I see some networks out there, past and present, that try and support every game imaginable from the get-go. They either over-extend themselves, unable to dedicate the necessary resources for the good of the community, or they dilute their offering so much that it becomes useless. When I release a Nexus site for a game I want it to be focused, I want it to provide a real benefit for that game’s community and I want it to be wanted by that community. I don’t want to step on people’s toes and I don’t want to be launching Nexus sites “for the heck of it”, or just “because I can”. It’s one thing to provide a place to host files, it’s another thing to be actively supporting and developing a modding community. I want to be doing the latter.
No word of a lie, it takes me a maximum of 2 hours to make a new Nexus site. I setup the subdomain, upload the core files, import the database structure, edit 3 image files with the colour scheme and background skin I want (we use imagemaps that makes this process very simple), edit the CSS with 2 different colour codes and I’m done. It’s that simple. The longest process in that list is in finding a colour scheme that works that I haven’t already used. It’s bloody hard to do! When I coded the Nexus sites it was deliberately setup to be that quick and easy, and when Axel recoded the sites that was one of the main tenants I gave him for his work; make it easy and quick to setup a new Nexus site. So what takes so long? Why don’t we have 100 Nexus sites for every moddable game imaginable? Quite simply put; not every game needs a Nexus site, not every community wants a Nexus site, and not every community would fit in with our somewhat unique ethos and rule system.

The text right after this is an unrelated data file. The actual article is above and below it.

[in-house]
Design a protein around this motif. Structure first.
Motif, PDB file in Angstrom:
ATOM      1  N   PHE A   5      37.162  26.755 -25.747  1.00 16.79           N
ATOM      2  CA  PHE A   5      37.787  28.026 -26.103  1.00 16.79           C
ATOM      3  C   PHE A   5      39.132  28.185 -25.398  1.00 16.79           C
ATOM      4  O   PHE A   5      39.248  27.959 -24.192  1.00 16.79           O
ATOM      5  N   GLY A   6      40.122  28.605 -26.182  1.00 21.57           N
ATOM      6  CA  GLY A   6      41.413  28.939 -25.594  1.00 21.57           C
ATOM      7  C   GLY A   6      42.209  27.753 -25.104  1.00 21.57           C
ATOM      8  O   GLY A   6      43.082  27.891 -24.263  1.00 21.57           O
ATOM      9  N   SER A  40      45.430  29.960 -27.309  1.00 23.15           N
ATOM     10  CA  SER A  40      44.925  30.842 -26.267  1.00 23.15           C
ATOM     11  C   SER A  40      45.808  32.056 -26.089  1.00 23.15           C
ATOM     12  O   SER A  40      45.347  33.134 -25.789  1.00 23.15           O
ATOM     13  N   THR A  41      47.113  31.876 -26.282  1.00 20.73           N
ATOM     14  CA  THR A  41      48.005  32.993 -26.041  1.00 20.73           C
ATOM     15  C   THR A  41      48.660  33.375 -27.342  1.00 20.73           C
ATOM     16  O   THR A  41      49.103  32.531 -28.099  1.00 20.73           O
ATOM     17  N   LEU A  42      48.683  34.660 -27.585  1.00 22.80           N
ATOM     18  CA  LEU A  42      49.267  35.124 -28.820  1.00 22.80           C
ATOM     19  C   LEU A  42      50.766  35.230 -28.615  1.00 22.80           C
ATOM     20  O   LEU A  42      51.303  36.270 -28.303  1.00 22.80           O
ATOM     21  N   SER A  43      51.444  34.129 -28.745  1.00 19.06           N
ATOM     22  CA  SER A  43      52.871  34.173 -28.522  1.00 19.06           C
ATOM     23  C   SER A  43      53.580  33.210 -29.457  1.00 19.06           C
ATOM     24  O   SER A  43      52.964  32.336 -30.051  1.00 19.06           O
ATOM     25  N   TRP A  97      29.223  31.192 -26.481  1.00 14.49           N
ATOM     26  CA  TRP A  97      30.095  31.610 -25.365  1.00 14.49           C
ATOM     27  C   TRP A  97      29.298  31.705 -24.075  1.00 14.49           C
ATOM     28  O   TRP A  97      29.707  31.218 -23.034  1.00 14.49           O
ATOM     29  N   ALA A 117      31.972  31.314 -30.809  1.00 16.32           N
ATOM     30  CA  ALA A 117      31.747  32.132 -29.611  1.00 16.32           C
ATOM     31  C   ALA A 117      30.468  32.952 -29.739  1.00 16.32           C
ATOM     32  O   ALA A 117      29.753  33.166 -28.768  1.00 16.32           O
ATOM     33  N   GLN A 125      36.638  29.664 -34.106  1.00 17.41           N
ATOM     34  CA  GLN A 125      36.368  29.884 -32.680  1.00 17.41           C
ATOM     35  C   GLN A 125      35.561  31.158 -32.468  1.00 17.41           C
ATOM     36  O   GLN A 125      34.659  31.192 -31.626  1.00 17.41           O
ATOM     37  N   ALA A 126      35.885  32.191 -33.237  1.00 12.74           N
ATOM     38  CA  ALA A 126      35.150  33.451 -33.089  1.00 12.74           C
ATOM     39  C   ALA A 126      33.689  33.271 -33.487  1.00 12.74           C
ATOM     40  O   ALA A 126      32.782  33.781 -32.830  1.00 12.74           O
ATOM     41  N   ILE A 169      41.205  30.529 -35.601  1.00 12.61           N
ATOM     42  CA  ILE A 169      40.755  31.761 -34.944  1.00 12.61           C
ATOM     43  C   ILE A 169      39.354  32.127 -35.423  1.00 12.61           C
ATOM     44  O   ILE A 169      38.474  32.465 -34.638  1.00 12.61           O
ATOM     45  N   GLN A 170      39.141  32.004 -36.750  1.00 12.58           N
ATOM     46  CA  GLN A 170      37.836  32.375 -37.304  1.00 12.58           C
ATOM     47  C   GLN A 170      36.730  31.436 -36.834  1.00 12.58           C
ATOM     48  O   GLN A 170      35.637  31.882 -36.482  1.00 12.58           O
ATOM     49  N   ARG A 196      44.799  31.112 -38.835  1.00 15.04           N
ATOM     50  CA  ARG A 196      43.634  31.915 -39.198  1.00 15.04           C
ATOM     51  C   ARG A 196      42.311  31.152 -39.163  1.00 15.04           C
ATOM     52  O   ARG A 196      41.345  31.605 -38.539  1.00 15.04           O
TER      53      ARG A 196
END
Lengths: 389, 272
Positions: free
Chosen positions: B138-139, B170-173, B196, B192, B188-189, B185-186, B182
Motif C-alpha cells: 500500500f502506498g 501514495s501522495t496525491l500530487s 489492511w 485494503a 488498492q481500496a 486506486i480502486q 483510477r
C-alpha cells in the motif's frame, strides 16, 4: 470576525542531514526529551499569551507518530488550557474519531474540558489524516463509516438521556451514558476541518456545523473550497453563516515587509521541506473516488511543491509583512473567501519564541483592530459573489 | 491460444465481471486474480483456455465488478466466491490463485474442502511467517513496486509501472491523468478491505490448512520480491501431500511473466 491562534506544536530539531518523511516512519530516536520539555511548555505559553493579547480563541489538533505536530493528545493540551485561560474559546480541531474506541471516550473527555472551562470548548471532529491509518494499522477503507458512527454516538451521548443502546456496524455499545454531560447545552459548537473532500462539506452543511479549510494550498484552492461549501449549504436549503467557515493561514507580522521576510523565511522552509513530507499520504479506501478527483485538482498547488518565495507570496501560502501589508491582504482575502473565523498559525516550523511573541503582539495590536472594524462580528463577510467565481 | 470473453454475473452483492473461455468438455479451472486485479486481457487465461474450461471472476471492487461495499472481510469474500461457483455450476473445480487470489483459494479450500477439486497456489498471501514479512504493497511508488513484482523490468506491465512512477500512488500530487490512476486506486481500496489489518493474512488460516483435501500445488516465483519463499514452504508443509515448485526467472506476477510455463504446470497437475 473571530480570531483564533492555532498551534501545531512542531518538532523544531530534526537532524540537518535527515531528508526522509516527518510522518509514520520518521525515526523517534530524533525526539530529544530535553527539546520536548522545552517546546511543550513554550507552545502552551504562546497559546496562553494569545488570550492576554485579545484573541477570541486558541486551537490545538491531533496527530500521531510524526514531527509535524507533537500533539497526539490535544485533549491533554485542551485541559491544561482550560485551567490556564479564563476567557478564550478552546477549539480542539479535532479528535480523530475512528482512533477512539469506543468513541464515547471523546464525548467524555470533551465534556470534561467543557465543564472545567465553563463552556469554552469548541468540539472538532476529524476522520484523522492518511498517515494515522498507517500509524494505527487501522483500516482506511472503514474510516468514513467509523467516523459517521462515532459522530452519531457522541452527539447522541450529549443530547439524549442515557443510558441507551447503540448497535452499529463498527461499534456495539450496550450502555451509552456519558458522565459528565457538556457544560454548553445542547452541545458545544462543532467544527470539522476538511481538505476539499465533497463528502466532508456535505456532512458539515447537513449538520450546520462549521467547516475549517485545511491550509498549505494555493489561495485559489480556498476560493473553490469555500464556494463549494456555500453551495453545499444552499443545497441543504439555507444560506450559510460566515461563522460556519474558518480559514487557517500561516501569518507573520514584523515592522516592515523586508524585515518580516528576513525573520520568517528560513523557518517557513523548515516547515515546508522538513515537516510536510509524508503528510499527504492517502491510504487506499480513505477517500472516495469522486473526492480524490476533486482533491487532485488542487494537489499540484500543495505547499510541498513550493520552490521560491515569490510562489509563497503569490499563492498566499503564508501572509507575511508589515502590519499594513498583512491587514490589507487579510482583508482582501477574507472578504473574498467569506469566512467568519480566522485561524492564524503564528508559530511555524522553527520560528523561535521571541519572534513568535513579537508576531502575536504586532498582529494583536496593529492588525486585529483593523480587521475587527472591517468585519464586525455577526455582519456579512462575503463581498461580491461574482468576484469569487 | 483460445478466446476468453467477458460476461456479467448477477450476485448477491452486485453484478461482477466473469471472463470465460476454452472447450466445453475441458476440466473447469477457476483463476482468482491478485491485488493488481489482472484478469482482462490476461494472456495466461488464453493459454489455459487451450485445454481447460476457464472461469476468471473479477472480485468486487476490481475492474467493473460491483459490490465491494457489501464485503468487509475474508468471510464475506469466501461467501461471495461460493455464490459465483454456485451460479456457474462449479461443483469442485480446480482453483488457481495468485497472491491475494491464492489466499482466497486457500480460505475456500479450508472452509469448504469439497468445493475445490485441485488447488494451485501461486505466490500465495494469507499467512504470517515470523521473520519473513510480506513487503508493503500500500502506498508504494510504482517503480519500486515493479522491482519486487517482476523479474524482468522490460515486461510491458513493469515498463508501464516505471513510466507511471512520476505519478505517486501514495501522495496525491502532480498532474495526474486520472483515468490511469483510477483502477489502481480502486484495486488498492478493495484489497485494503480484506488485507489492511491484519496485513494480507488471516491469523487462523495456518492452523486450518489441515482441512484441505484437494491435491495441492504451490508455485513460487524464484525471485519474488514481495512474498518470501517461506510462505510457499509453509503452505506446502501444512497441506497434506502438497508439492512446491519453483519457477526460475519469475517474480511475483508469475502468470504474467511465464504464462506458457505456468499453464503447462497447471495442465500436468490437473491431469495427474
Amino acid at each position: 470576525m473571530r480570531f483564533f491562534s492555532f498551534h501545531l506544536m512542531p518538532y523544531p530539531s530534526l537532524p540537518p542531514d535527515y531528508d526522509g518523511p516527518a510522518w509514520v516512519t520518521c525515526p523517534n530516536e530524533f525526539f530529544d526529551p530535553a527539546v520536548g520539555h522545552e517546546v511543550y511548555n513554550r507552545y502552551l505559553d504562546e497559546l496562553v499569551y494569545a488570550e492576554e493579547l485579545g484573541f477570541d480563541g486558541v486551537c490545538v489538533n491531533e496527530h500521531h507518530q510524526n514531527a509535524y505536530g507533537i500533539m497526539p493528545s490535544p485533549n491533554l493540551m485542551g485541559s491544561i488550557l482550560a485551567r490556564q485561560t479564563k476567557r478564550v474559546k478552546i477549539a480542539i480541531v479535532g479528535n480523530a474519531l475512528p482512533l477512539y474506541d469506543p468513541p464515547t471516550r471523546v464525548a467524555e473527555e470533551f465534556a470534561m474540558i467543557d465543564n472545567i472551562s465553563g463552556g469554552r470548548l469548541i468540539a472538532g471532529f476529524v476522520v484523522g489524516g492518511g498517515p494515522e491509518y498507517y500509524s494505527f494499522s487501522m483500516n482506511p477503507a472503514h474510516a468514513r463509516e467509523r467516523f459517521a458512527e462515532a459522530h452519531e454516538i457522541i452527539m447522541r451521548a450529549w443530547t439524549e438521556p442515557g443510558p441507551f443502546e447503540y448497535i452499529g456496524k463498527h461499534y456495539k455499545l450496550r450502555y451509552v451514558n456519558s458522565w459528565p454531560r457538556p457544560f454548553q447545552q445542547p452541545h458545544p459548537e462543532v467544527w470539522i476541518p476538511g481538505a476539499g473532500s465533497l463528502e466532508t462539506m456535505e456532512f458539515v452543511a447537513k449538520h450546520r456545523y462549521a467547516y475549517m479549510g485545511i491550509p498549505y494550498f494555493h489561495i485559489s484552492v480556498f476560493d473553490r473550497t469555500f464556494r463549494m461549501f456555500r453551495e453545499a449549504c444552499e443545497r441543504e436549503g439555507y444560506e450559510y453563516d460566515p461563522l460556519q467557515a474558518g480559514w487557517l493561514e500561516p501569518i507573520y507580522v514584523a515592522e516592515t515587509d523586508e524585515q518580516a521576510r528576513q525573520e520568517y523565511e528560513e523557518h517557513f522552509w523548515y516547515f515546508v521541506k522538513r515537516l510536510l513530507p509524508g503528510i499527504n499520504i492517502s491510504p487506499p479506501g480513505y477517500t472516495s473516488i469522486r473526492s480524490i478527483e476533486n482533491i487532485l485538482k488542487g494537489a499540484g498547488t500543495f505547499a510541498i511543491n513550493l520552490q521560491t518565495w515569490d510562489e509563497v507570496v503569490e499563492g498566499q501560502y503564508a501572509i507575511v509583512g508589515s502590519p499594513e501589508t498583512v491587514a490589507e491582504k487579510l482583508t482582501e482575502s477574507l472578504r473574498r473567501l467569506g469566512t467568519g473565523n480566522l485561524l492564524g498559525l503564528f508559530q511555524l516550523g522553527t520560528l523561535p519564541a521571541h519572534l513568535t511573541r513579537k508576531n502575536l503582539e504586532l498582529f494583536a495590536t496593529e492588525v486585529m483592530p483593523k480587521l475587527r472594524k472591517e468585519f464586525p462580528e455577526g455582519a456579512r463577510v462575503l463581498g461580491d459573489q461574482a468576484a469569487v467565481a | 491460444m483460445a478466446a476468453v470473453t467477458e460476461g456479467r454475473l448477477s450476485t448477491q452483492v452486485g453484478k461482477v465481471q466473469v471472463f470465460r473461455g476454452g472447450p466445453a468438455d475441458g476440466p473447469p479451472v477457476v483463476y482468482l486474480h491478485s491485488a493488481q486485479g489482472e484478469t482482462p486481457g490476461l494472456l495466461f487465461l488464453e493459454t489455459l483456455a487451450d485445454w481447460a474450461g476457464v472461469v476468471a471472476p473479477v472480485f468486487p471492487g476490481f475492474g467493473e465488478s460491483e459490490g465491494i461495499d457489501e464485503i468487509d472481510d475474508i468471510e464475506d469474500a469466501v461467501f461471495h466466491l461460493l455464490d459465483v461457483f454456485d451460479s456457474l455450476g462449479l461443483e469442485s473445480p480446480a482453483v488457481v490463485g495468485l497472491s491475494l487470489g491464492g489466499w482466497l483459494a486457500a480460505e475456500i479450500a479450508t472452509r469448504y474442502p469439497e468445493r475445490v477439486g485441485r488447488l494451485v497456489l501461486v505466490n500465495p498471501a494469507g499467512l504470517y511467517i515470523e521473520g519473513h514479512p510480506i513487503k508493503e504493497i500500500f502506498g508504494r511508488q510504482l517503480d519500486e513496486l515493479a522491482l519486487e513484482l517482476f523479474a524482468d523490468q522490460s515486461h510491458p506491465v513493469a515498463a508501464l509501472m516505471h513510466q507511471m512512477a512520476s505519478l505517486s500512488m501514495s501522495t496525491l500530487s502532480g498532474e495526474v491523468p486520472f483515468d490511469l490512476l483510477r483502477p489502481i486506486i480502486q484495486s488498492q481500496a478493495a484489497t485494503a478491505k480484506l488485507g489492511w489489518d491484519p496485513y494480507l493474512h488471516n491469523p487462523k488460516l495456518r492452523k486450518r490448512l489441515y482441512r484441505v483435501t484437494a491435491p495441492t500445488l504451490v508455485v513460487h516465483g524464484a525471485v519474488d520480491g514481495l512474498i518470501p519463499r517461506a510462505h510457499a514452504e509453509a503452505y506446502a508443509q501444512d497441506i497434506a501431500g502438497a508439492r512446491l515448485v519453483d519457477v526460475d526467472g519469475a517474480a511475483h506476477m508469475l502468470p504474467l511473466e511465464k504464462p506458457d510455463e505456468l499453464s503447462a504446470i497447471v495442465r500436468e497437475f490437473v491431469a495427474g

What takes time isn’t setting up the Nexus site, it’s exploring the game community you’re interested in making a Nexus site for and working out their needs, wants and desires for their community, and working with them to ensure what you offer is tailored to their needs. First of all, are the game’s developers at all interested in making the game moddable? Do they like modding or do they want to stop modders from touching anything to do with their game? If modding has no support at all from the developer, with or without tools, then that’s a massive barrier to overcome. Have the developers released tools for the game? Do they plan to? Is the game moddable without tools? Is it feasible that at some point in the future tools might be made that could enable modding without the developer’s help? Could a Nexus site for the game help to show the developer that lots of their customers really want to mod the game?
Next, is the community keen on modding? Is it likely to take off to the point that there’s more than just a handful of mods or is it just a few members with pie-in-the-sky ideas of total conversions and overhaul mods that will never come? Would a Nexus site help to improve and bolster the community? Is there already a modding site set up for the game? Is it doing a good job or is it stifling the creativity of the community? An example of a game I have no interest in releasing a Nexus site for because I know the modding community is in good hands is Torchlight (1 and 2). They have the Runic Games Fansite, which not only hosts mods well enough but also has its own NMM style client for downloading and installing mods. I would never want to step on the toes of that site that has done so much for its modding community, even if people keep begging me to make a site for it (which they do!). I’d love to work with them, though. In retrospect when Bioware released their Social Site for Dragon Age: Origins I didn’t think I’d need to release a Nexus site for the game. Unfortunately the site was (and I’m not afraid to say this) pants. The forums had no search feature, the mod database had no, or very limited search functionality and unreleased mods and ideas were in the same database as released mods, making it an utter chore to find anything useful. It was as though the person(s) making the site had no idea about the needs or wants of a modding community. I wanted to give Bioware the benefit of the doubt and not step on their toes, but after a month with absolutely no changes or bug fixes made, and practically no contact from the dev team within the community, I released a Nexus site for Dragon Age: Origins and never looked back because the Social Site was seriously stifling the creativity and expansion of the Dragon Age community.